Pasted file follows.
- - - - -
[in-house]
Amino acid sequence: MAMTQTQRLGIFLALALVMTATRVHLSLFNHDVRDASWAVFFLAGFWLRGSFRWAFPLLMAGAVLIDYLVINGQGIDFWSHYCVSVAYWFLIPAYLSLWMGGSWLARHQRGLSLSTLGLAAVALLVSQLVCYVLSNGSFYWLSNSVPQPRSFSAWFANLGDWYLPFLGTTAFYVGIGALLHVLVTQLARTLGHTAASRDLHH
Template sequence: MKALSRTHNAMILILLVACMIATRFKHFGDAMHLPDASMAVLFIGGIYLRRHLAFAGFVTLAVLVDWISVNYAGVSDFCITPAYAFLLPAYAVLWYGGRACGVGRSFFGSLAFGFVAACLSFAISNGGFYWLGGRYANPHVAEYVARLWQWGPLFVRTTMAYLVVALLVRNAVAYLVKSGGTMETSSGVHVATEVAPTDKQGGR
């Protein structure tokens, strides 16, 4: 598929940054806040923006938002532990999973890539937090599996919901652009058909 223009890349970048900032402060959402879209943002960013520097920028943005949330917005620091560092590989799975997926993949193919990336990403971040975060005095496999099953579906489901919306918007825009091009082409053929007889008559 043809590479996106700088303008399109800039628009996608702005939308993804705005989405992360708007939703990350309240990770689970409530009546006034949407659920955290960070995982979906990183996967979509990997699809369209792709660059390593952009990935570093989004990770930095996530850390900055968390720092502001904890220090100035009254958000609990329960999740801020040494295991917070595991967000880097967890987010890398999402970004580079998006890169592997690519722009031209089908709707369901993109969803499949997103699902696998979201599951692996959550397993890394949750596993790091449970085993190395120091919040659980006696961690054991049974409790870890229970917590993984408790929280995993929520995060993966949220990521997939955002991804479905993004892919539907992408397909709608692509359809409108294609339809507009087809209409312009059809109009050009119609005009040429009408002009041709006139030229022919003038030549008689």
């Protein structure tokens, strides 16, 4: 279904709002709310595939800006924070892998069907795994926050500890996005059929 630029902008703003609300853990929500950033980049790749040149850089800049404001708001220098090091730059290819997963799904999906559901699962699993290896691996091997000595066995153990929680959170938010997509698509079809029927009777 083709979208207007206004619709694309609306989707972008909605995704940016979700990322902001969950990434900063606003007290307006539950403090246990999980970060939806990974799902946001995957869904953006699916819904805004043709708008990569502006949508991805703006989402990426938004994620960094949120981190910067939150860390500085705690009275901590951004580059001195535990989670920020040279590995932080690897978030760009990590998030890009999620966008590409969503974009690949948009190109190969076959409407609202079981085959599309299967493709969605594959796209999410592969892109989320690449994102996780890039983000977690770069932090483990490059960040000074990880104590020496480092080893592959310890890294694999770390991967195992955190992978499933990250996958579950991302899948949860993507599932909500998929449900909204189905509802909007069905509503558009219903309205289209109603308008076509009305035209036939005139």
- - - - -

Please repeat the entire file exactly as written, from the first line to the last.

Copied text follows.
[in-house]
Amino acid sequence: MAMTQTQRLGIFLALALVMTATRVHLSLFNHDVRDASWAVFFLAGFWLRGSFRWAFPLLMAGAVLIDYLVINGQGIDFWSHYCVSVAYWFLIPAYLSLWMGGSWLARHQRGLSLSTLGLAAVALLVSQLVCYVLSNGSFYWLSNSVPQPRSFSAWFANLGDWYLPFLGTTAFYVGIGALLHVLVTQLARTLGHTAASRDLHH
Template sequence: MKALSRTHNAMILILLVACMIATRFKHFGDAMHLPDASMAVLFIGGIYLRRHLAFAGFVTLAVLVDWISVNYAGVSDFCITPAYAFLLPAYAVLWYGGRACGVGRSFFGSLAFGFVAACLSFAISNGGFYWLGGRYANPHVAEYVARLWQWGPLFVRTTMAYLVVALLVRNAVAYLVKSGGTMETSSGVHVATEVAPTDKQGGR
């Protein structure tokens, strides 16, 4: 598929940054806040923006938002532990999973890539937090599996919901652009058909 223009890349970048900032402060959402879209943002960013520097920028943005949330917005620091560092590989799975997926993949193919990336990403971040975060005095496999099953579906489901919306918007825009091009082409053929007889008559 043809590479996106700088303008399109800039628009996608702005939308993804705005989405992360708007939703990350309240990770689970409530009546006034949407659920955290960070995982979906990183996967979509990997699809369209792709660059390593952009990935570093989004990770930095996530850390900055968390720092502001904890220090100035009254958000609990329960999740801020040494295991917070595991967000880097967890987010890398999402970004580079998006890169592997690519722009031209089908709707369901993109969803499949997103699902696998979201599951692996959550397993890394949750596993790091449970085993190395120091919040659980006696961690054991049974409790870890229970917590993984408790929280995993929520995060993966949220990521997939955002991804479905993004892919539907992408397909709608692509359809409108294609339809507009087809209409312009059809109009050009119609005009040429009408002009041709006139030229022919003038030549008689």
């Protein structure tokens, strides 16, 4: 279904709002709310595939800006924070892998069907795994926050500890996005059929 630029902008703003609300853990929500950033980049790749040149850089800049404001708001220098090091730059290819997963799904999906559901699962699993290896691996091997000595066995153990929680959170938010997509698509079809029927009777 083709979208207007206004619709694309609306989707972008909605995704940016979700990322902001969950990434900063606003007290307006539950403090246990999980970060939806990974799902946001995957869904953006699916819904805004043709708008990569502006949508991805703006989402990426938004994620960094949120981190910067939150860390500085705690009275901590951004580059001195535990989670920020040279590995932080690897978030760009990590998030890009999620966008590409969503974009690949948009190109190969076959409407609202079981085959599309299967493709969605594959796209999410592969892109989320690449994102996780890039983000977690770069932090483990490059960040000074990880104590020496480092080893592959310890890294694999770390991967195992955190992978499933990250996958579950991302899948949860993507599932909500998929449900909204189905509802909007069905509503558009219903309205289209109603308008076509009305035209036939005139």